Why we don’t USE what we LEARN?

Photo of a white woman with shoulder-length brown hair wearing a print blouse and with her eyes wide open and startledHow does that work again?

If you’ve been to a conference, workshop, or training program, or if you’ve read a book or article teaching something you wanted to learn, you’ve almost certainly had that thought.

How does that work again?

You were intrigued by what you’d learned. You were excited to put it into practice.

And then you got back to your desk and …

How does that work again?

What’s going on here?

It’s simply neuroscience.

Your brain doesn’t learn by reading, listening, or watching. 

It learns by doing.

Now, obviously you have to get the information somehow, or you’re just scrambling around reinventing endless wheels. So, yes, attending conferences, going to workshops, reading books – it’s all good.

But it’s not enough.

I find myself deeply frustrated by books that ask questions, making me stop reading in order to think and write. Deeply. Frustrated.

BUT those are the books that actually help me create change in my business and my life. 

That is, if I actually do the thinking and writing, instead of setting the book aside “until I have time.” (Yeah, right. I just reminded myself of at least one book waiting for me to come back to it.)

If we truly want to learn something, we can’t be passive about it. We can’t expect to make progress just by soaking up information.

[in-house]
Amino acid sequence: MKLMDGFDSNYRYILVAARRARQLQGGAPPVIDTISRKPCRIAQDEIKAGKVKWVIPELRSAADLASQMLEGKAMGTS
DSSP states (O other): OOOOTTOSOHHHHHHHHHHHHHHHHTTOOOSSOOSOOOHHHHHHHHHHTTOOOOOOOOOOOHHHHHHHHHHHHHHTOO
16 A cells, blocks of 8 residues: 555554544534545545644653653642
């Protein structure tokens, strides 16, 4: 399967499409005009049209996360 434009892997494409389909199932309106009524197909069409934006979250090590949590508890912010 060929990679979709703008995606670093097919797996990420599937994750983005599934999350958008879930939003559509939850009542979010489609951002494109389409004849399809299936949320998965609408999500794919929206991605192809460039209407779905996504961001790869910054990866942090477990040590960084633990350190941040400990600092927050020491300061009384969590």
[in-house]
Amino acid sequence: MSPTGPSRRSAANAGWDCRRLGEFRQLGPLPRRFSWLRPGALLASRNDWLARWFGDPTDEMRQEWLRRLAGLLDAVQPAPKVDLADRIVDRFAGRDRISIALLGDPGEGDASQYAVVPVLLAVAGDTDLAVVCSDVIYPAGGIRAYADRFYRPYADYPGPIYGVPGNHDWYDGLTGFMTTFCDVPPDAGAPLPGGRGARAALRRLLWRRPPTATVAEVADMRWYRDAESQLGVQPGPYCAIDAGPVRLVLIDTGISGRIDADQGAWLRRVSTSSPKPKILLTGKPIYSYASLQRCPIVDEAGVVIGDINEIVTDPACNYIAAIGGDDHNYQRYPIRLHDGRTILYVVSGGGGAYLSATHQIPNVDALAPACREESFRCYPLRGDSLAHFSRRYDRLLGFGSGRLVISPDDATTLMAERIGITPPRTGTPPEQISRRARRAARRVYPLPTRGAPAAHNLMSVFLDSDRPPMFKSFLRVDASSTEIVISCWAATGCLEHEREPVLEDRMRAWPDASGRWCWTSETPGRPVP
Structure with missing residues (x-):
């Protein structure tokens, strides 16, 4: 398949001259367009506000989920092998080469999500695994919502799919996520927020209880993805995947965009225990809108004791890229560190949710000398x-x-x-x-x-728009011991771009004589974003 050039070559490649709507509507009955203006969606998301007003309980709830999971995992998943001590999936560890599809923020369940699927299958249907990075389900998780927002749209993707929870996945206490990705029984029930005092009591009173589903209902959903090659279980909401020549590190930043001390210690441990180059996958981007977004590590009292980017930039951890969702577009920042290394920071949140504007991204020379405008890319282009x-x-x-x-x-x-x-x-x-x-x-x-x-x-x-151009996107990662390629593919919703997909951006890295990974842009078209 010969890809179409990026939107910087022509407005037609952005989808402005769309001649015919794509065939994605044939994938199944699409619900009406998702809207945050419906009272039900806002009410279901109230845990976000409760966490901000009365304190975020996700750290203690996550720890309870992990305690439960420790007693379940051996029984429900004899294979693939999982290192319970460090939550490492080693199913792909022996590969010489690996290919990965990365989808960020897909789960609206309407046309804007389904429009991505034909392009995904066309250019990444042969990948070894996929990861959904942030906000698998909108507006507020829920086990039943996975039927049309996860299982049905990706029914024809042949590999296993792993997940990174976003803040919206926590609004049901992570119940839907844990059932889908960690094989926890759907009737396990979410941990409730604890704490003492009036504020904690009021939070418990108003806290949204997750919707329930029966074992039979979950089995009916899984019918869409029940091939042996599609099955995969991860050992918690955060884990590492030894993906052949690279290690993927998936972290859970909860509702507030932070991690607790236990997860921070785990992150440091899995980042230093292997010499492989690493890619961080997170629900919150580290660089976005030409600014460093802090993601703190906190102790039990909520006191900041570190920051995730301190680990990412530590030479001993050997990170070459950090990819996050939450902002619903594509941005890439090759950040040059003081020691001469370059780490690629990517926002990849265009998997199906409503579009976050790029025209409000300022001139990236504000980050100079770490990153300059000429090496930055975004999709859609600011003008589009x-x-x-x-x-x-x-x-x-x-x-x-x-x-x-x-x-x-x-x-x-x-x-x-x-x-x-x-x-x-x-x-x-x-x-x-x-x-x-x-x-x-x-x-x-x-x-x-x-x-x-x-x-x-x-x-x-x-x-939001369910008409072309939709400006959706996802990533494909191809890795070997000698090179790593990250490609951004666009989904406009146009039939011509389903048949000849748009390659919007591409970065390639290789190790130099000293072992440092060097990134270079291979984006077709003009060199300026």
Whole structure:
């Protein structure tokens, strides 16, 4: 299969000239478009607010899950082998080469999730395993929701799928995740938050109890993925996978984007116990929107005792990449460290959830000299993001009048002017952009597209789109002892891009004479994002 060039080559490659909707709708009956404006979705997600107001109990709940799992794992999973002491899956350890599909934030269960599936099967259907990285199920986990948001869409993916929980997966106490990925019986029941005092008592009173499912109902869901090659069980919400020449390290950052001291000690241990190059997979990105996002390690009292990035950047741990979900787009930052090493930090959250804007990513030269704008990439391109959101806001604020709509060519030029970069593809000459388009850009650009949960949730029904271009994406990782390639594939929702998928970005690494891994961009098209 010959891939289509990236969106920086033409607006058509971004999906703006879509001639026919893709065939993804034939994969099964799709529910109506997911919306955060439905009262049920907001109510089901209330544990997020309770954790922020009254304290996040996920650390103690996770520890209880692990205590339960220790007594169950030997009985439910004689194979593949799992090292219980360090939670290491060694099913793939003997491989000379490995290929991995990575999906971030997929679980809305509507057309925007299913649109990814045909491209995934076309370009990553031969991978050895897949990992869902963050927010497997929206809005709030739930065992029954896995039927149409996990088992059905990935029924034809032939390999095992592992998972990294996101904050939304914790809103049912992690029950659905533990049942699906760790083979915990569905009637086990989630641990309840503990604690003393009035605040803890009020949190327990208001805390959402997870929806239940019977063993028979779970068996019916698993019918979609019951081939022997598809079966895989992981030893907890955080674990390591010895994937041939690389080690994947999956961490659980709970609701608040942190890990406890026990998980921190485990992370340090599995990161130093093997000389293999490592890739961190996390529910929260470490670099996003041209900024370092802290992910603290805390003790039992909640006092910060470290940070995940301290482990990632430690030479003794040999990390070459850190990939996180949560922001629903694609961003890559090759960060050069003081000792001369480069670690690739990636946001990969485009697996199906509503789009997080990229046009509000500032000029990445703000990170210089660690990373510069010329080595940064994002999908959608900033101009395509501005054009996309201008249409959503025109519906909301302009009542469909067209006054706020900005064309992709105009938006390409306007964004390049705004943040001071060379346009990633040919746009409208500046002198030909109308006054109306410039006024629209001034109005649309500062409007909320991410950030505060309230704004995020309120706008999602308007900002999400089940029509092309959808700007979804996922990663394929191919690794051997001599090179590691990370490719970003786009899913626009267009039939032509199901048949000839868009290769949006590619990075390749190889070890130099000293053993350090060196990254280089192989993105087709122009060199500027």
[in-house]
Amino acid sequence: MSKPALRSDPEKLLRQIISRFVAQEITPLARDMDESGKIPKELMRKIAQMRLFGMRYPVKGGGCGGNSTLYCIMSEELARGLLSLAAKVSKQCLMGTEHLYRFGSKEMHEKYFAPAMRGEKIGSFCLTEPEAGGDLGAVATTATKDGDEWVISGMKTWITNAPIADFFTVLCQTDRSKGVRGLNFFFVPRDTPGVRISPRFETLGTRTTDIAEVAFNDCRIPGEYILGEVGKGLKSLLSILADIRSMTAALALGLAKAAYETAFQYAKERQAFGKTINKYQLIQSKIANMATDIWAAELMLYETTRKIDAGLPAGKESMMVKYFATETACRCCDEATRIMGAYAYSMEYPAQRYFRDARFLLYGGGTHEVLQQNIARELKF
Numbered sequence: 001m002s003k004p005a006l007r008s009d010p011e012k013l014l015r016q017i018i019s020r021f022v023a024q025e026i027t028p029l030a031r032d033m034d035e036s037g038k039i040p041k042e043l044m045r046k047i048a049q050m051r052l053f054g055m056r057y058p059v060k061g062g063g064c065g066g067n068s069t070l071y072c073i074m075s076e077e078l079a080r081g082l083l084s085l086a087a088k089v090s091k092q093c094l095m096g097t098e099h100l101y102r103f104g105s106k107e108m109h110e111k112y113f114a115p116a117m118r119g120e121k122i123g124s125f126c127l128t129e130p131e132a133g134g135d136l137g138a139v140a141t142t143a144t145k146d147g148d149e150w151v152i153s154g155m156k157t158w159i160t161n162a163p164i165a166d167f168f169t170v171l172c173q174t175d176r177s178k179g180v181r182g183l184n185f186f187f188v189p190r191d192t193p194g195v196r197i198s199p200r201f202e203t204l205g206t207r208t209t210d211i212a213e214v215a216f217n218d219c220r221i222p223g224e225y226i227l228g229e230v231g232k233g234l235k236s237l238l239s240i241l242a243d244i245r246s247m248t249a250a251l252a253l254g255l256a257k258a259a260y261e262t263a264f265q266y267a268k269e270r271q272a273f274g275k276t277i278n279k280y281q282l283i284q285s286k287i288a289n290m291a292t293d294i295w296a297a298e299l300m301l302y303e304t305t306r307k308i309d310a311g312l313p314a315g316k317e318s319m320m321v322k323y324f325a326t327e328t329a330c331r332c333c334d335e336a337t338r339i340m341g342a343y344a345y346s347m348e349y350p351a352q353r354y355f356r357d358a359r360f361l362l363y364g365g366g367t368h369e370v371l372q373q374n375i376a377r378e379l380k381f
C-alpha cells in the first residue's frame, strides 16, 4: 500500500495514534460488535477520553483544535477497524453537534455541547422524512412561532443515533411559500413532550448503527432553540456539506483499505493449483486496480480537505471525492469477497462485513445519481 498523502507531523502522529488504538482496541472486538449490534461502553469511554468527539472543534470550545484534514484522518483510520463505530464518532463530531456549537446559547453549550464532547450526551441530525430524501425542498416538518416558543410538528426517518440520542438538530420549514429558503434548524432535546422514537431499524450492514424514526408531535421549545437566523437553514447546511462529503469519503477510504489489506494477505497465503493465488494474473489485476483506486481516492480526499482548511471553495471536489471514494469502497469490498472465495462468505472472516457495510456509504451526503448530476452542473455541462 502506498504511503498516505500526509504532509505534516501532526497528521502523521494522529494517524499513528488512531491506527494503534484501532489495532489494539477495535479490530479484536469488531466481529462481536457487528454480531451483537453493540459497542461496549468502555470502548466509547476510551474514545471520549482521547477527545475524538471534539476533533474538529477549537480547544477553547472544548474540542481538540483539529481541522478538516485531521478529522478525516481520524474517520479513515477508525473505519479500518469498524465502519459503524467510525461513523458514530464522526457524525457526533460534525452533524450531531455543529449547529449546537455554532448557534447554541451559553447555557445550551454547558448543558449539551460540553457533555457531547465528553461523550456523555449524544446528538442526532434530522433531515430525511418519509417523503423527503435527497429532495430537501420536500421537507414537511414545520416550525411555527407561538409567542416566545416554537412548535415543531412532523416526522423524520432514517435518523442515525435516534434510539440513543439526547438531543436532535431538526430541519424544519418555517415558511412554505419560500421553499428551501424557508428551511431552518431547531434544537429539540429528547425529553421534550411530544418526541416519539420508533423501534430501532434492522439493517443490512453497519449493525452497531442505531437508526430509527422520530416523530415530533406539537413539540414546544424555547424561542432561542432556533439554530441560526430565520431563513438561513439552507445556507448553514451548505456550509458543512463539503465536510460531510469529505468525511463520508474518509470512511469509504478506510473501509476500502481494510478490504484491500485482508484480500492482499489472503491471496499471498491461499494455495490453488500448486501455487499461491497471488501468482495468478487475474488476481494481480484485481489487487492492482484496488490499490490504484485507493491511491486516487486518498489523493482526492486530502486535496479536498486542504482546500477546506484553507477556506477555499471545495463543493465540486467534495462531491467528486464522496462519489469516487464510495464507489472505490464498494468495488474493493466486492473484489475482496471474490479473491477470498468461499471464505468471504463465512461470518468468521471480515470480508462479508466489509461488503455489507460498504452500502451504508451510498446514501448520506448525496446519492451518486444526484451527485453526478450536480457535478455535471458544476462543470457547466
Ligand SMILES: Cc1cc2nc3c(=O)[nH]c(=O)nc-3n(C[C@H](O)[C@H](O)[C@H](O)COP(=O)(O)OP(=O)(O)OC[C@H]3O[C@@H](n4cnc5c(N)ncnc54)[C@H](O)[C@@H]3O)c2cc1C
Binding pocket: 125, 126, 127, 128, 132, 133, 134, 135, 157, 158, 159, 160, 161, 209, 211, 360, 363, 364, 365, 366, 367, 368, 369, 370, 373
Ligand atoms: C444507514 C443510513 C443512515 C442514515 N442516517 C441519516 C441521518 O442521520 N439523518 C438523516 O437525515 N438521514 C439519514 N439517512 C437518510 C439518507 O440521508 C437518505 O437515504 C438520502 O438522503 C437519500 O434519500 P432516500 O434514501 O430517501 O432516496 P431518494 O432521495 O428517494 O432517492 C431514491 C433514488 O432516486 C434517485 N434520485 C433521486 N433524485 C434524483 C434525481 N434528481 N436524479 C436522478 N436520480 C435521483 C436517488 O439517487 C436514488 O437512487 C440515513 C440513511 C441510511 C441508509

We have to do the thing.

Which means feeling awkward and uncomfortable. Learning something new means we’re doing something new, and “something new” is inevitably going to feel awkward and uncomfortable, and probably confusing and maybe vulnerable as well.

Learning feels awkward, uncomfortable, confusing. That's how it's supposed to be. You can't learn just by reading, watching, or listening; you have to DO THE THING.Click To Tweet

And that’s where all too many people stop. We don’t like feeling awkward, uncomfortable, confused, and vulnerable.

But “awkward, uncomfortable, confused, and vulnerable” will eventually become “familiar, practiced, and confident.”

If, that is, you don’t stop. If you do the work and apply the learning.

That’s the only real way forward. 


For more about DOING, read this: Do the Verb!

Practice comes in many ways: doing, obviously, but also (as I mentioned) thinking and writing – and exploring case studies. Which is why all those, and more, are included in the course Change Leadership: strategies for success. Click the link to learn more.


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